Merlin Donald is Emeritus Professor in the Department of Psychology and Faculty of Education at Queen’s University in Ontario, Canada. A cognitive neuroscientist with a background in philosophy, he is the author of numerous important papers (many of which can be found here), as well as two influential books: Origins of the Modern Mind: Three stages in the evolution of culture and cognition (Harvard, 1991), and A Mind So Rare: The evolution of human consciousness (Norton, 2001). Professor Donald’s central thesis is that humans have evolved a unique cognitive strategy not found in any other species in the biosphere: what he calls “brain-culture symbiosis”, which points to the fact that the human brain cannot realize its design potential unless it is immersed in a distributed communication network – that is, a culture – during its development. His newest research revolves around trying to understand how the slow-moving biology of the brain can deal with the rapidly changing cognitive ecology brought about by modern communications technologies.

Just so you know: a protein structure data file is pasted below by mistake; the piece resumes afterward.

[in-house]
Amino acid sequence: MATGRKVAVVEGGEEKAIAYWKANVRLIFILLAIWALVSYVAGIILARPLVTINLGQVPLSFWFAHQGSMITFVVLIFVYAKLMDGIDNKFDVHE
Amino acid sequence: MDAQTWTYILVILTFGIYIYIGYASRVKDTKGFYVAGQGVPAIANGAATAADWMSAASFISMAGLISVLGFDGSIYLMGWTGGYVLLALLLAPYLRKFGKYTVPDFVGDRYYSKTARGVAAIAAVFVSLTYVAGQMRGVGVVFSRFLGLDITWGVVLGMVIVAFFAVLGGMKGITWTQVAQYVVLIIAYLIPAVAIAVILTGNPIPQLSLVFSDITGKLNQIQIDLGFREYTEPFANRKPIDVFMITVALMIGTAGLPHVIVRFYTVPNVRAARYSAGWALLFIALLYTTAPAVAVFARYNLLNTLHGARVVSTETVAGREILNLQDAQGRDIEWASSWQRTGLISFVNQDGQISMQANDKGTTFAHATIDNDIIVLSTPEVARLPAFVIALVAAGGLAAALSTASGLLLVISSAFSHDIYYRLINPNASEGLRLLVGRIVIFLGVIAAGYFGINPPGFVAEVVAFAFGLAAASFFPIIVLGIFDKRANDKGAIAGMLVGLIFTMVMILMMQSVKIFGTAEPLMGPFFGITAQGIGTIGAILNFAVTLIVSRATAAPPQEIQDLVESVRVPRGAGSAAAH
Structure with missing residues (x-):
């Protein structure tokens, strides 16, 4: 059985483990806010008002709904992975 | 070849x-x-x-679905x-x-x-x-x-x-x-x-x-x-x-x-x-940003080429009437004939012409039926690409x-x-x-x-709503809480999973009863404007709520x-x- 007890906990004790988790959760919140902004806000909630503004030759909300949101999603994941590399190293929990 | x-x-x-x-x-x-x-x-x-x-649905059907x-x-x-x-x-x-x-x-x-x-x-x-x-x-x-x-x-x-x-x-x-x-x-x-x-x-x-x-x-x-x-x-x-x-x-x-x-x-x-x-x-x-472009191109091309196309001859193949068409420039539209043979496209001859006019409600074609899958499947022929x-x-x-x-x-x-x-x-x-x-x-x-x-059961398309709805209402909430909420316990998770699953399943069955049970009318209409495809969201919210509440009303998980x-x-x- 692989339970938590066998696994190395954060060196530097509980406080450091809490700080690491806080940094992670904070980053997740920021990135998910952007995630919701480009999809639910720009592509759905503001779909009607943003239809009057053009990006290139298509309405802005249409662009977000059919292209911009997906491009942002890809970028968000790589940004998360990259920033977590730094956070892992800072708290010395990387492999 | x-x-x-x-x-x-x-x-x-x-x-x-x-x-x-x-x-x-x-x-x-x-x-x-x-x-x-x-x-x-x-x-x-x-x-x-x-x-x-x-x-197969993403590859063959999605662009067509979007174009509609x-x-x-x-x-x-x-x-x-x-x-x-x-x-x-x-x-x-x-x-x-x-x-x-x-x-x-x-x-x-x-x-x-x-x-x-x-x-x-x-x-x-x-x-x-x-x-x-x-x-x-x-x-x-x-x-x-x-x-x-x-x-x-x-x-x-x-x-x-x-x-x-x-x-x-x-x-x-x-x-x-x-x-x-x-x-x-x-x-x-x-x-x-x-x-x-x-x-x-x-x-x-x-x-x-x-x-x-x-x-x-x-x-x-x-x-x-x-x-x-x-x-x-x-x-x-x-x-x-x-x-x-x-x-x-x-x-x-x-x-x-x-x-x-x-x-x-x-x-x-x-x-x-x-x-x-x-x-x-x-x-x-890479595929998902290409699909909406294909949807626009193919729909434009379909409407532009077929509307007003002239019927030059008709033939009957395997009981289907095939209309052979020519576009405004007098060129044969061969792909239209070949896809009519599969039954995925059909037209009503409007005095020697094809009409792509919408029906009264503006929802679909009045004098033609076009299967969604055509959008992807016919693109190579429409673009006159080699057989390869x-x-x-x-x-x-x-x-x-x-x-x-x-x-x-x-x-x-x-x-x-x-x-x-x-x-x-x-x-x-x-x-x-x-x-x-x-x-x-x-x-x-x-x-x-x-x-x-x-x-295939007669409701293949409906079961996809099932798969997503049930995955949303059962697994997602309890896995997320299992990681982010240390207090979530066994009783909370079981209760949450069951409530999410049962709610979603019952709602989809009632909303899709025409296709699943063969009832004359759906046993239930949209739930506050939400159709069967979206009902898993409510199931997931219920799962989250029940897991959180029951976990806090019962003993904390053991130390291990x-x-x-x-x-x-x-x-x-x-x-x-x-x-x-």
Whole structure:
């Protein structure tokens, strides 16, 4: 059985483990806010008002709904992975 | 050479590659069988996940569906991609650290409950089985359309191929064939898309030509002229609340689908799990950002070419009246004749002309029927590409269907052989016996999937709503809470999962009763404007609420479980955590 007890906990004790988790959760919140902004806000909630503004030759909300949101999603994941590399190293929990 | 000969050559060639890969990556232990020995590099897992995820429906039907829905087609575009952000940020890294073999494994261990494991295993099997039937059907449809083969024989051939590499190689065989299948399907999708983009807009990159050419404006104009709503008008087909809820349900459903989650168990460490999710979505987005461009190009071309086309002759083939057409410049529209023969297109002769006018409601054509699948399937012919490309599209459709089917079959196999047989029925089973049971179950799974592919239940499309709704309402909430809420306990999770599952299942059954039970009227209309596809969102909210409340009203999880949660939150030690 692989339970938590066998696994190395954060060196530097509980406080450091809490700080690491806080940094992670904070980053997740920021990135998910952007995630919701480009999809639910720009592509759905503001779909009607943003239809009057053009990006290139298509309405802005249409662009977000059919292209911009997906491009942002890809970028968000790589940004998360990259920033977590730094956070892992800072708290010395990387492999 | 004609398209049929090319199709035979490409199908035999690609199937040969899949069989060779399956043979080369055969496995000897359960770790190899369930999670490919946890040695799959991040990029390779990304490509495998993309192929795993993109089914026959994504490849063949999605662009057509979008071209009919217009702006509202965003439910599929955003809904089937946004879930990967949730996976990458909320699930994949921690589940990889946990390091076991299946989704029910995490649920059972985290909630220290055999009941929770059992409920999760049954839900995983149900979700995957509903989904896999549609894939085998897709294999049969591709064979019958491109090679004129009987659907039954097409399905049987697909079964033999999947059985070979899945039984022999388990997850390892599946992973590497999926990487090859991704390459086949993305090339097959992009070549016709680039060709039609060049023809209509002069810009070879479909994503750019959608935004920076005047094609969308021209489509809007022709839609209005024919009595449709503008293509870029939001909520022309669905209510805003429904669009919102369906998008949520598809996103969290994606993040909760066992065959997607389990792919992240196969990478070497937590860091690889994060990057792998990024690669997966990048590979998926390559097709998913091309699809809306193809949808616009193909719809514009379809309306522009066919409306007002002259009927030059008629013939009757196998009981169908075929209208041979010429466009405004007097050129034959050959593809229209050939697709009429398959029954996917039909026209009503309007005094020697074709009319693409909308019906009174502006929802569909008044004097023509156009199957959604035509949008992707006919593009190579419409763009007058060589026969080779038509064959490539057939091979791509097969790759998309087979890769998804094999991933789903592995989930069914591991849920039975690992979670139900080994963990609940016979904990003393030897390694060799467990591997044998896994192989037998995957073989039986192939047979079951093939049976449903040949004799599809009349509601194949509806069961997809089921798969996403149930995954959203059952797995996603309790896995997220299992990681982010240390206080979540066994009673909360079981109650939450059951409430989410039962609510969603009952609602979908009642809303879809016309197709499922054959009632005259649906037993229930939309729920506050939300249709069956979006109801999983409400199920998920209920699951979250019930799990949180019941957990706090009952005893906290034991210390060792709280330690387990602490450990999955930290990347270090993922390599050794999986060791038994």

Professor Donald has entered the debate within religious studies because his work serves as the methodological framework in Robert Bellah's Religion in Human Evolution: From the Paleolithic to the Axial Age (2011)
Cognitive neuroscientist Merlin Donald discusses the role of ritual in human evolution, and its continued importance in all forms of society and culture. In this interview, Professor Donald outlines his perspective on the evolution of human cognition, and the importance of both embodied communication and mind-sharing networks.